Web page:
The risk of allowing environmental engineers to provide reports directly to an acquirer was starkly illustrated in a case we recently won.  The defendant real estate company, as part of due diligence, had an environmental engineering firm inspect the property it was going to buy.  The engineering firm issued a report warning that the potential target property was contaminated. The buyers bought anyway. During the litigation that our client brought years later, we obtained a copy of that report through discovery.  It clearly showed the buyer knew it was buying contaminated property. An effort by defense litigation counsel to “claw back” the engineering report failed. The case settled shortly thereafter on terms highly favorable to our client. Moreover, in order to make the best use of the attorney client privilege and work product doctrine, the supervising attorney has to understand the potential litigation context of what is being done and reported.  Because we have an intense environmental litigation background (see our Litigation Services tab) we can take steps to minimize litigation risk during an M&A deal.   

4. Covenants, Indemnities and Financial Focus

We can, of course, write, review and revise complex interlocking environmental covenants and indemnities.  However, environmental covenants and indemnities may not provide the value in the environmental area that many corporate lawyers might suppose.  The seller’s representations, warranties and indemnities may turn out to be unenforceable (unless all of the potentially needed funds are placed in a third-party escrow) without expensive, time consuming litigation or can be cut off entirely through bankruptcy.  Therefore, a better solution may be to understand and monetize the risk (or opportunity) up front. Additionally, impending changes in environmental regulations may adversely (or favorably) effect business valuation models based on projected earnings that do not take into account changing environmental regulations that will, but have not yet, impacted the business or the business of competitors.  By way example, since certain Clean Air Act regulations are geographically specific, having a manufacturing plant in an area that is already in compliance with new regulations may provide an advantage against a competitor located in an area that is not in compliance with new regulations and which therefore may face more stringent regulation. Environmental covenants and indemnities will generally not cover those types of risks or opportunities.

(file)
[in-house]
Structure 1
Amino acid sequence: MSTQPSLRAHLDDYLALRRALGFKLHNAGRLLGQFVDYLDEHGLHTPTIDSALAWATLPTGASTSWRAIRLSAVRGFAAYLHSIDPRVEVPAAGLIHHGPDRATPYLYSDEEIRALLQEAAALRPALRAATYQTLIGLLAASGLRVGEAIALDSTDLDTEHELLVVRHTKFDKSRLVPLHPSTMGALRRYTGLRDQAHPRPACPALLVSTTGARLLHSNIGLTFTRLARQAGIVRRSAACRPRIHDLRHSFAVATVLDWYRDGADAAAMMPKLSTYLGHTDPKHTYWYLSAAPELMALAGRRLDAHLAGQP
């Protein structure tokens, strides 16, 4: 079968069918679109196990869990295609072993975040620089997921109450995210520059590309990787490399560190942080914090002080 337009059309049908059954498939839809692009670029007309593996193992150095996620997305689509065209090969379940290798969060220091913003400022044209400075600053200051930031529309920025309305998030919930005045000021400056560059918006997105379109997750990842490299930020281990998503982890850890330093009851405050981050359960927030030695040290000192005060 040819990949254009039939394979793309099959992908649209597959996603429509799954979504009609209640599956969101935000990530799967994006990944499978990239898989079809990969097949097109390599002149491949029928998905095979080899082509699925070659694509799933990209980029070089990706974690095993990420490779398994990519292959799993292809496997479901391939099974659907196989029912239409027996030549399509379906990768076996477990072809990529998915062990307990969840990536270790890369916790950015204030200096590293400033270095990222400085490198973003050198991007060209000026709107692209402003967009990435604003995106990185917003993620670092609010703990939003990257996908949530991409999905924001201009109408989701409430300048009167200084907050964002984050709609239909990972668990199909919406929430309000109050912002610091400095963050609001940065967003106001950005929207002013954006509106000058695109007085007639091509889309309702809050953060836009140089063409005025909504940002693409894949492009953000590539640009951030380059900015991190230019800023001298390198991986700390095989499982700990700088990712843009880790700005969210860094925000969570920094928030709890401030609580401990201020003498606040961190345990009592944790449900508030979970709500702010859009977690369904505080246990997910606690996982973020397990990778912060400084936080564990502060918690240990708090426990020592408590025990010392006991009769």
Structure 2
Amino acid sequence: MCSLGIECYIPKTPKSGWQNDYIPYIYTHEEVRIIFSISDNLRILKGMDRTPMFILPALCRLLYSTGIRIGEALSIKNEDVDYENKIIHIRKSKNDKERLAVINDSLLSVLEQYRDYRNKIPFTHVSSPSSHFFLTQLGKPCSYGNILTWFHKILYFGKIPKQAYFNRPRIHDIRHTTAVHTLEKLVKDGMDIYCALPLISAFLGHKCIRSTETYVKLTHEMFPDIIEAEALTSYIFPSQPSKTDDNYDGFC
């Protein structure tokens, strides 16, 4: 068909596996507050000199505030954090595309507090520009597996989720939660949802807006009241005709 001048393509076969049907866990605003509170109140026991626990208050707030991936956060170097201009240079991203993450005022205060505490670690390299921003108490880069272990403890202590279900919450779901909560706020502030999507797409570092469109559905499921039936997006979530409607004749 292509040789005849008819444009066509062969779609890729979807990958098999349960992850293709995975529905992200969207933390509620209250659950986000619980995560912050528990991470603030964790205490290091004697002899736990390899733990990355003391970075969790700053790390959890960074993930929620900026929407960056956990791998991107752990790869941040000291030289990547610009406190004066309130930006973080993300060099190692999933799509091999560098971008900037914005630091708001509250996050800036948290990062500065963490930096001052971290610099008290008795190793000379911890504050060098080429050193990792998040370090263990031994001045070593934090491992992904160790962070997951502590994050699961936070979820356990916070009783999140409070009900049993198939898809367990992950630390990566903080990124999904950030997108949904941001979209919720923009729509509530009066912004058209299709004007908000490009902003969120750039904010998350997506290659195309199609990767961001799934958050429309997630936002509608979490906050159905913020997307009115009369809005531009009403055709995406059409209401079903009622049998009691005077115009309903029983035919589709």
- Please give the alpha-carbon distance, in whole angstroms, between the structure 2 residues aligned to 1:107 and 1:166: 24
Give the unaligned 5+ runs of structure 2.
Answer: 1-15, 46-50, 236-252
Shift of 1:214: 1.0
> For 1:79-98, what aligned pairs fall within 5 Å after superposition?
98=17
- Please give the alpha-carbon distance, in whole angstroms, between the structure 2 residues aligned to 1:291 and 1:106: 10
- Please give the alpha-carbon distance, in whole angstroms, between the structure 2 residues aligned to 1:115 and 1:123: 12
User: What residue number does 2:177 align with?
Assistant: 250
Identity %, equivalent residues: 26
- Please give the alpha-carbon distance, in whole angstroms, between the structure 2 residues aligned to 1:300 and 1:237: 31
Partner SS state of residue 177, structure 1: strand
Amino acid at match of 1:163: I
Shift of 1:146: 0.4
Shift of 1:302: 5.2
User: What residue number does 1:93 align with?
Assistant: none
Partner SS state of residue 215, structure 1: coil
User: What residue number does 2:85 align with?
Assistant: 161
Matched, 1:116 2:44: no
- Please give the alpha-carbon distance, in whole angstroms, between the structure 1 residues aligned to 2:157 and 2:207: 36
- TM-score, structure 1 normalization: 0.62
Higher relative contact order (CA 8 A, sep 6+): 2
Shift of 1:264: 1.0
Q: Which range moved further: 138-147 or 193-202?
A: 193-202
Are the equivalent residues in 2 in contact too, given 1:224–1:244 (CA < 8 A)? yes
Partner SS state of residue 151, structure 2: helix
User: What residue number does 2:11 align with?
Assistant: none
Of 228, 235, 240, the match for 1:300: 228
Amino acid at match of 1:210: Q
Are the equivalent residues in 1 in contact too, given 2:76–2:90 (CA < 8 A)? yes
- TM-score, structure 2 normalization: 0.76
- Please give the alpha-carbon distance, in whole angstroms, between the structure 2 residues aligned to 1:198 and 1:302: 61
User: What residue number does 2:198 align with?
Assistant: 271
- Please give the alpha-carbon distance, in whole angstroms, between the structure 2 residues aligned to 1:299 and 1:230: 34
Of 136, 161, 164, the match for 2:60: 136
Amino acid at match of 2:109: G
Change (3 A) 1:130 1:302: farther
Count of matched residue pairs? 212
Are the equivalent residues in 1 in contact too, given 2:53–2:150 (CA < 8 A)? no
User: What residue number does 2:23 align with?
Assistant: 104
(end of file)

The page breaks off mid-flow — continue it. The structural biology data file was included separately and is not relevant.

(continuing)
If you are an acquirer that is buying or investing in a business that, for example, prints, packages, or manufacturers just about anything, or that owns potentially impacted real estate, you (or your M&A counsel) might benefit from talking to us early on. That may avoid overpaying for assets or having to try to renegotiate late in a deal.  Similarly, if you are selling a business, we may be able to inoculate your buyer against exaggerated claims by its attorneys of environmental risk (while they seek better deal terms), or point out unrecognized environmental benefits and offer a deal structure that helps the buyer minimize its risk. Thus, whether you are a buyer or a seller, you (or your M&A counsel) might well benefit from talking to us early in the process.